In a lot of cases, hematomas aren't a cause for concern. However, you should watch out for the following accompanying symptoms and raise them with a medical professional quickly if they occur in someone you know:

  • Numbness or tingling around the site of the bruise
  • Sudden loss of function in a limb
  • A bruise that keeps appearing in the same spot
  • A bruise that lasts longer than two weeks
  • A bruise that is getting larger and won't go away
  • Loss of sight
  • Bruises appearing on the trunk of the body without an identifiable cause

Any bruises that appear behind someone's ear immediately following head trauma should receive emergency medical attention. Such bruises are a potential sign of significant brain bleeding following trauma.

How Can You Detect Potential Elderly Abuse?

One of the biggest concerns people have about elderly bruising is that it's a sign of elderly abuse. Such concerns become even more worrying when the person in question struggles with communication. Or, when they have a poor memory.

Fortunately, the majority of bruises aren't there because abuse has occurred. With that said, it's worth understanding what the signs of elderly abuse are so you can keep your loved one safe.

The Bruise Has No Explanation

Any bruises that appear on your relative should come with an explanation. For example, your relative may willingly tell you about a fall they had. Or, the residential facility they're living in may provide a record of a witnessed fall. Although not all unexplained bruises are a sign of elderly abuse, it's worth being cautious when one appears.

The Bruise Can't Be Explained by a Fall

Some bruises can't be explained by a fall. For example, a series of small bruises at the top of someone's arm is more indicative of fingers being pressed into the skin than a person falling over. Similarly, bruises that appear in very fatty areas or around the jaw are less likely to occur following a fall. Be particularly wary of elderly bruising that bears a resemblance to an inanimate object.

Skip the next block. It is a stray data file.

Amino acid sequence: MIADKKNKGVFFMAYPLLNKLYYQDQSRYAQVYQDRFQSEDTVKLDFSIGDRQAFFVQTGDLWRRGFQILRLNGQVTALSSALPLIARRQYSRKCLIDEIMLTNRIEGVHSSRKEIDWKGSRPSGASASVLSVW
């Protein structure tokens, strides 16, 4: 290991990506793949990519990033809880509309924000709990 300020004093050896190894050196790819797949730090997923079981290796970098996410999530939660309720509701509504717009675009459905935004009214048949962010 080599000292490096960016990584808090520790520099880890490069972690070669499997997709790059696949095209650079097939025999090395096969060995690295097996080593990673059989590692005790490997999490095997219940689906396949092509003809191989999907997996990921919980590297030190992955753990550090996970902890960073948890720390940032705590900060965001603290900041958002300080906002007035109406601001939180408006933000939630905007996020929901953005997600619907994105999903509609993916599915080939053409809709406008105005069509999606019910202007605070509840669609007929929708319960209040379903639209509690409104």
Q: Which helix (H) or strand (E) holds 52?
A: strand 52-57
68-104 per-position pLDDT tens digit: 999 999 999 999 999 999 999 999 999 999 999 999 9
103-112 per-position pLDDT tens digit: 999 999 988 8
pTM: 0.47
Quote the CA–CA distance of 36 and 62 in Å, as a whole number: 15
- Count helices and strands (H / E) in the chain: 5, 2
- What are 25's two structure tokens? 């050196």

It Keeps Happening

There's always a chance that repeated incidents of bruising are due to medical causes. However, it's also a sign that someone is suffering from abuse. If there's no clear medical cause, question where the bruise is coming from.

Reluctance to Discuss the Bruise

Sometimes people who are being abused are too scared to discuss their abuser. They may feel ashamed of what's happened or they may fear the repercussions of speaking up. When someone wants to avoid talking about where their bruise has come from, investigate whether it's because they feel scared to speak up.

Other Signs of Neglect

It's often the case that elderly abuse occurs in an environment where someone is unable to care for the older person. Other signs of neglect can include losing weight, wearing dirty or ill-fitting clothes, poor hygiene, and repeated infections.

Appearing Withdrawn

Individuals who are being abused often become withdrawn. If you've noticed a change in someone's personality, question what the cause is.

How Can You Help Reduce the Risk of Elderly Bruising?

In many cases, elderly bruising will disappear by itself. Although it may not look very nice, it isn't a significant source of discomfort.

However, it's normal to want to reduce the likelihood of bruising. If you're worried about a relative, you'll naturally dislike the idea that something is causing them to bruise.

Reducing the risk of elderly bruising usually involves eliminating risk factors. For example, if someone is repeatedly falling over, try to find out why this is happening. If the falls regularly occur in one area of their house, it may be because that environment needs modifications. Or if they routinely bruise when nobody else is at home, they may need to go into an assisted living facility.

In the event that a medication is causing bruising, it's always worth asking a doctor about using alternatives. However, you should also remember that your doctor will be keen to continue using a medication if it's the best available one. Using blood thinners to reduce someone's stroke risk is more important than avoiding the occasional bruise.

At Bethany Home Care, we offer assisted living facilities to older people in Alameda and Contra Costa Counties. Our home-like environment helps our residents maintain their independence while staying safe. If you'd like to discuss using our assisted living facilities, contact us.